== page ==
Thursday, July 21, 2016

More Zoo Memories and My First Vacation

Every generation complains about the next one. I know my parents had a difficult time. It wasn't easy for immigrants, speaking a different language, in their late teens, with a child to pull up roots and begin again. I can't imagine doing that and I appreciate how difficult their struggle was.

It's interesting how during my more youthful years, when we wanted something, we were willing to take extra jobs on weekends and holidays to earn the money. We did what was necessary. We didn't complain that we were working too hard. We didn't obsess over the meaninglessness of whatever the job was. We didn't try to do as little as possible and get something for nothing. We simply took care of business. I don't want to go so far as to say today's generation is spoiled or generally like that. Not all are. There are those who struggle and put in multitudinous hours to achieve their goals. There are many who are successful and accomplished in their twenties. I am always amazed at some of the olympic athletes, just as an example.

While working part time at the zoo (see previous blog), I did a lot of research. Since Al Gore had not yet invented the internet, and googling, was far into the future, I had to go to the library and find information in books...the kind with paper pages and print. Each week, I tried to research the plants and animals and an area of the zoo in which I was working. Visitors asked questions and I was glad to be able to give them intelligent answers. My official title was "guide" although my job consisted of making sure nobody abused any flora and fauna in the facility. I believe I had a shoe box sized walkie talkie assigned for this purpose, adding to the official look of my lovely brown uniform.

After only a few weeks at the zoo, they downsized, deciding that fewer employees were essential. I panicked. I had not yet saved enough two dollar and twenty five cents' or centses or pennies (a monetary unit in the 70's) for our planned vacation. Fortunately, I was one of the employees to be retained.

I actually enjoyed the diversion so much, that I ended up keeping this summer and part time weekend employment for several years. Then-hubby was hired later and the two of us sold tickets and memberships. We even sold zoo maps, partly on salary and partly on commission (3 cents per), until someone realized that our eager, loud, and enthusiastic shouts of "get your zoo maps here. You can't see the zoo without a map,"gave us far too much income and was cutting into zoo profits. Then back we went to the membership sauna (see upcoming booth description).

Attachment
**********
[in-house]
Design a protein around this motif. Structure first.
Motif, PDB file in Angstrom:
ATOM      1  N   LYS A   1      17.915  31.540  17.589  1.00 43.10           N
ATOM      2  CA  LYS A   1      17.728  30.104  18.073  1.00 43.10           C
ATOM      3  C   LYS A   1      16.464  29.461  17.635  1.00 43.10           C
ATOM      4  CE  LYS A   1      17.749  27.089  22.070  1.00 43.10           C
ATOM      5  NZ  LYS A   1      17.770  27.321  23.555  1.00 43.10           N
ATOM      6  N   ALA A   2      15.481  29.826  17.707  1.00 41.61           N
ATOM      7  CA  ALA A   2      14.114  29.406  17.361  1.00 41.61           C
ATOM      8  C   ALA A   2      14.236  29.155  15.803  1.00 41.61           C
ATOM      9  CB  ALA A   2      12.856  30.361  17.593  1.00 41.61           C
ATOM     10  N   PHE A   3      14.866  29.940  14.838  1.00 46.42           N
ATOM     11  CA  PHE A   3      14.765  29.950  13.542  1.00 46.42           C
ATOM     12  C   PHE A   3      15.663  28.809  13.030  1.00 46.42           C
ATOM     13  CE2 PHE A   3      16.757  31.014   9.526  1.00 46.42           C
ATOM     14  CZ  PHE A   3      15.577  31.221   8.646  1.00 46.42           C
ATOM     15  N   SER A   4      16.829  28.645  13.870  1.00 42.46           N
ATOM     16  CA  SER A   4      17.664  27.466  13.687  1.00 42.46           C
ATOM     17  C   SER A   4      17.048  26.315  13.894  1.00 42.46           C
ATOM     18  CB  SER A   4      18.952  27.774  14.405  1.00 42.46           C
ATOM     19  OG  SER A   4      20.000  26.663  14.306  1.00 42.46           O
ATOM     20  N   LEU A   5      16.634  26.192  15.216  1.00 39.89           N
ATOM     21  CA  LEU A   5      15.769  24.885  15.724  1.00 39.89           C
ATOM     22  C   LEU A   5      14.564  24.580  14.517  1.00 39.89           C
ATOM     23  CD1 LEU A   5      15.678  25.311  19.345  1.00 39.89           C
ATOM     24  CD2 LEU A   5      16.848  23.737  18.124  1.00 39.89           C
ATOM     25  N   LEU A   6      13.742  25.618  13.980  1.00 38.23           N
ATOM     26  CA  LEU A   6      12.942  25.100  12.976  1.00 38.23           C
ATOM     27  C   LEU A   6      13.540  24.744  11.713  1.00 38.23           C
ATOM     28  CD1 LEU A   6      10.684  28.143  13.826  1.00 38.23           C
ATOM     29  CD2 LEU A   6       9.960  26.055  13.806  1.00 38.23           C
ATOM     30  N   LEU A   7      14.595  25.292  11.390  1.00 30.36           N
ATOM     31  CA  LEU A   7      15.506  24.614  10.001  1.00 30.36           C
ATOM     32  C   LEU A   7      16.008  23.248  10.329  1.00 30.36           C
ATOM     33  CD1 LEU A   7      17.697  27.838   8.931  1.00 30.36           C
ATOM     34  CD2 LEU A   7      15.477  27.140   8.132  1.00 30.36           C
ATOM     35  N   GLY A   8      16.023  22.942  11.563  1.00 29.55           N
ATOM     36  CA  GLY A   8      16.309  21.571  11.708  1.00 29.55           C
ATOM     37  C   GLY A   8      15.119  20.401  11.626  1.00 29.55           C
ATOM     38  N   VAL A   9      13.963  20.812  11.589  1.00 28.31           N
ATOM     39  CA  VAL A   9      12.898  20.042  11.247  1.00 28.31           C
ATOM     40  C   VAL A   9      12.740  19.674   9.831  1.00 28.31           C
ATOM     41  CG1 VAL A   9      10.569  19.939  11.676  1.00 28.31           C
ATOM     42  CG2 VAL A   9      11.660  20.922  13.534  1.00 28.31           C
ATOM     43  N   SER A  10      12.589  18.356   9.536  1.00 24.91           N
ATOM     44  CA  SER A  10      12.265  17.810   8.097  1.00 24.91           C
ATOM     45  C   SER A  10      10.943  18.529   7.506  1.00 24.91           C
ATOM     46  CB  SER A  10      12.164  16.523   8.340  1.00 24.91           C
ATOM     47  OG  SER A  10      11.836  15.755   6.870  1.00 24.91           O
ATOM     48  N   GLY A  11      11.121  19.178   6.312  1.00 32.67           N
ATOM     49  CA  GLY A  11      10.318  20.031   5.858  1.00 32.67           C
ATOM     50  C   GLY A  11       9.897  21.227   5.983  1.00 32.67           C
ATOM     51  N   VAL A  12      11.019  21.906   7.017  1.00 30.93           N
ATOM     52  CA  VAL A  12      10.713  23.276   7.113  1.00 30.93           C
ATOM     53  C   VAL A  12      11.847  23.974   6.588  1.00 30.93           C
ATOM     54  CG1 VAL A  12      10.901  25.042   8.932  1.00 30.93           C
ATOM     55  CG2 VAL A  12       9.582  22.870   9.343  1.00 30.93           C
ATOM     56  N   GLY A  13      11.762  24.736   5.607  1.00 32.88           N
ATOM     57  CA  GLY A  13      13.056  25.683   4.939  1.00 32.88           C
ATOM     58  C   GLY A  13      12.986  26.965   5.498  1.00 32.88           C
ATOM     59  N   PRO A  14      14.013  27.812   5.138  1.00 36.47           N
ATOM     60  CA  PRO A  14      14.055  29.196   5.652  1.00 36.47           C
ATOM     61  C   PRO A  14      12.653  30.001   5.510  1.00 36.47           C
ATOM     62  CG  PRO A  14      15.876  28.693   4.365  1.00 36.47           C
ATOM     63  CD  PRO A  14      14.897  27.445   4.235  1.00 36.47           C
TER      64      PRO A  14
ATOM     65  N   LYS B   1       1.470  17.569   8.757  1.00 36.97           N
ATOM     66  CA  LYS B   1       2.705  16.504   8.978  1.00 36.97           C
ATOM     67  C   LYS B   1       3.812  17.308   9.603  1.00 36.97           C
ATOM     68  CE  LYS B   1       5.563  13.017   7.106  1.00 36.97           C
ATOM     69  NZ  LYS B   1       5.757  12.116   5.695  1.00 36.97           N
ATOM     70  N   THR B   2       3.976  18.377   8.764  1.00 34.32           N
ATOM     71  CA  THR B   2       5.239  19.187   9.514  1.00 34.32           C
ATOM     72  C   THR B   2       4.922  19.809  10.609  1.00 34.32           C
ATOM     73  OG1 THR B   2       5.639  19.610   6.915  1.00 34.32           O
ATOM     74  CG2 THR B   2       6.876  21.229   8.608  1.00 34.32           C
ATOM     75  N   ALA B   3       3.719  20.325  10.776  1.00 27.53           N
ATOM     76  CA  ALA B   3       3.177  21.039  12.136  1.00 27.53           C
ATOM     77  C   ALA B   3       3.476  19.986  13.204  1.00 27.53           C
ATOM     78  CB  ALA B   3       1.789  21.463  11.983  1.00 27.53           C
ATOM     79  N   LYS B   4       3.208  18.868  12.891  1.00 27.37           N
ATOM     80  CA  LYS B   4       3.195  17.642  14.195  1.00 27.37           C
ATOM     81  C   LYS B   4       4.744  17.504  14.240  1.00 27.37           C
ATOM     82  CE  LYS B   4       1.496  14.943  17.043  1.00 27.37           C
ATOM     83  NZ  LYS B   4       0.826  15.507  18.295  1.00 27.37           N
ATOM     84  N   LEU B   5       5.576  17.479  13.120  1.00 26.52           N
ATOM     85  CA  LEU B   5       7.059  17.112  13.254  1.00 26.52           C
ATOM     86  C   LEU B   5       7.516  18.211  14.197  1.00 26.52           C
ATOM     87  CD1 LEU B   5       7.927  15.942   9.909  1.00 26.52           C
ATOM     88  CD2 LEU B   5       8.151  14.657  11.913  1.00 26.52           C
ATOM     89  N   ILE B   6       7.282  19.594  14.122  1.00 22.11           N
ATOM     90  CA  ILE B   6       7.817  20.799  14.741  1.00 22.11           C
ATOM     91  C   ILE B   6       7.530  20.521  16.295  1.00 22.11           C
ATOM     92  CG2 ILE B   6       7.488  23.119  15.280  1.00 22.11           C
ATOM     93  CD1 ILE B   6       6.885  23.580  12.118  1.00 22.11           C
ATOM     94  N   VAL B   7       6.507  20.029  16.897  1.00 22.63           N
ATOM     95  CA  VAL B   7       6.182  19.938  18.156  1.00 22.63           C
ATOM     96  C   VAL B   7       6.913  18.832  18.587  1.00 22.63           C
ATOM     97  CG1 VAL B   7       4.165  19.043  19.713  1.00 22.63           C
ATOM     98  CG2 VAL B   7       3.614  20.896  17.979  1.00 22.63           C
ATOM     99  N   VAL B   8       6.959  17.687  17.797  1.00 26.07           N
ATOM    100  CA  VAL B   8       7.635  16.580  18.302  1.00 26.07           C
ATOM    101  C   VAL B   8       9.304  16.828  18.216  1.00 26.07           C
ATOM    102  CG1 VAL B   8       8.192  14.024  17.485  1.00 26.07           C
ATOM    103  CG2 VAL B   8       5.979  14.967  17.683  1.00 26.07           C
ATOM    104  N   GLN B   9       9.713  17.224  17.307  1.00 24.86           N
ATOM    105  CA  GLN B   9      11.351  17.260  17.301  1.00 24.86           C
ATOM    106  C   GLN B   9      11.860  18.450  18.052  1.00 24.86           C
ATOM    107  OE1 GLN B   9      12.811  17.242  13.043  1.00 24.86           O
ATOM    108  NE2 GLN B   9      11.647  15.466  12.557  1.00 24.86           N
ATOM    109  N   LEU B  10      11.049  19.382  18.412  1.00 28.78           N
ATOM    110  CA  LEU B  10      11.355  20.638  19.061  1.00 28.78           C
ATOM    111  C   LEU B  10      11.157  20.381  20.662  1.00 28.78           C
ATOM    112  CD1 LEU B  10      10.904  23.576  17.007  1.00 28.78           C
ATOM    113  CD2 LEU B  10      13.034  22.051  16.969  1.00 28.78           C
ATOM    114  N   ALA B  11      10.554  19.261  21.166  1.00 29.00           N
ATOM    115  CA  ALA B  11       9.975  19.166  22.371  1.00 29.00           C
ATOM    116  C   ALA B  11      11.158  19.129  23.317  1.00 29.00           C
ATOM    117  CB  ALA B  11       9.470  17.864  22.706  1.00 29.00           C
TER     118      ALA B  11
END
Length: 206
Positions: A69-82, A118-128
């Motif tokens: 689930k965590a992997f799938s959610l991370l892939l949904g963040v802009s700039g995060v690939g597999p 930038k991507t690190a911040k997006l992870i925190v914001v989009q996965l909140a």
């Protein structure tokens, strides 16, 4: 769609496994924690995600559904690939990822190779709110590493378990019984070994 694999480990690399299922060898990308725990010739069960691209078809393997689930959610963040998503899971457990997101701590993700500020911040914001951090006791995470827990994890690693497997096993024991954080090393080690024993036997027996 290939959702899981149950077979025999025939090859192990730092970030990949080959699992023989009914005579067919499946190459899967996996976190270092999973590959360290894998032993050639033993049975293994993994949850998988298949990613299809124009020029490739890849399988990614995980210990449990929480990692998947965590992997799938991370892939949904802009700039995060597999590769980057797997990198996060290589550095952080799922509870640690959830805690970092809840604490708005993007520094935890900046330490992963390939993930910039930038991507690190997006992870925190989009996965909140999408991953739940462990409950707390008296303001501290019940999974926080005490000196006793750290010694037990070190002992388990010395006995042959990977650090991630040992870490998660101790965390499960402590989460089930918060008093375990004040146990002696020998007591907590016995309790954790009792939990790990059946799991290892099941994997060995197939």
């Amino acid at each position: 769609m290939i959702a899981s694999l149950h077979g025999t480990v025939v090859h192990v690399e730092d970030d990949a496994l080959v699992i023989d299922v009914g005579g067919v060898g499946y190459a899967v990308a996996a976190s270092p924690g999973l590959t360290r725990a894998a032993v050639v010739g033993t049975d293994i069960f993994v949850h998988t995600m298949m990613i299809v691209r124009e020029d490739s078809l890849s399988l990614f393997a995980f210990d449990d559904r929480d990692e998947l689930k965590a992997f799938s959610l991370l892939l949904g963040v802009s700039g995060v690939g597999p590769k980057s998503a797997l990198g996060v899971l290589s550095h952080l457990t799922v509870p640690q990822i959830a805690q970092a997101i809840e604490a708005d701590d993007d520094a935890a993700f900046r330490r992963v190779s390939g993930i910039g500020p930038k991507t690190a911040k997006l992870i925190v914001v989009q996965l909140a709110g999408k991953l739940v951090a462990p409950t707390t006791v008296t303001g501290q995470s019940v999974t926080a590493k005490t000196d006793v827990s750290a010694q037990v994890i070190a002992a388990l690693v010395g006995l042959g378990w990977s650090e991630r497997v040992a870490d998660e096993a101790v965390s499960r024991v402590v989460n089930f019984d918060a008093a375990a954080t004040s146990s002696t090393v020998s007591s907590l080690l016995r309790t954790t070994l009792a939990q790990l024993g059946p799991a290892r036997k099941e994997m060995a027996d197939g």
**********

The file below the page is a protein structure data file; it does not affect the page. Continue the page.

The zoo became so popular and crowded in the summer, that extra cash booths sprung up outside the gates. These little wooden structures were something akin to a Finnish sauna, complete with solar heat, but no cold lake water. A greenhouse might have been a more comfortable working environment. Breaks were few and far between. But alas, I didn't complain. There was always the additional income.

On one occasion, I worked an entire weekend and earned nothing thanks to a dishonest customer who bilked me out of twenty dollars and absconded with it into the crowd. I had been momentarily distracted while wiping my dripping brow. It was then that my view of the world started to change. Did people not realize or care that any shortages would come out of my pay? Too many shortages could result in termination of employ. That's how things worked at one time.

Nonetheless, eventually, we earned enough for the big trip to the Bahamas. We were there at approximately the same time as our neighbours and their friends, although, our resort was considerably more modest in We boarded a $99 non inclusive night flight (available back in the day). We also filled our luggage with food. The frozen loaf of bread began to perspire more than we did as we dragged our soggy suitcase through Bahamian customs. The officers must have felt sorry for us because once they were assured we weren't smuggling anything more than tuna and peanut butter, they sent us on our way.

It was a memorable job and an even more memorable trip. I had my first taste of conch chowder and my first experience in the gorgeous, not to be forgotten, Caribbean.

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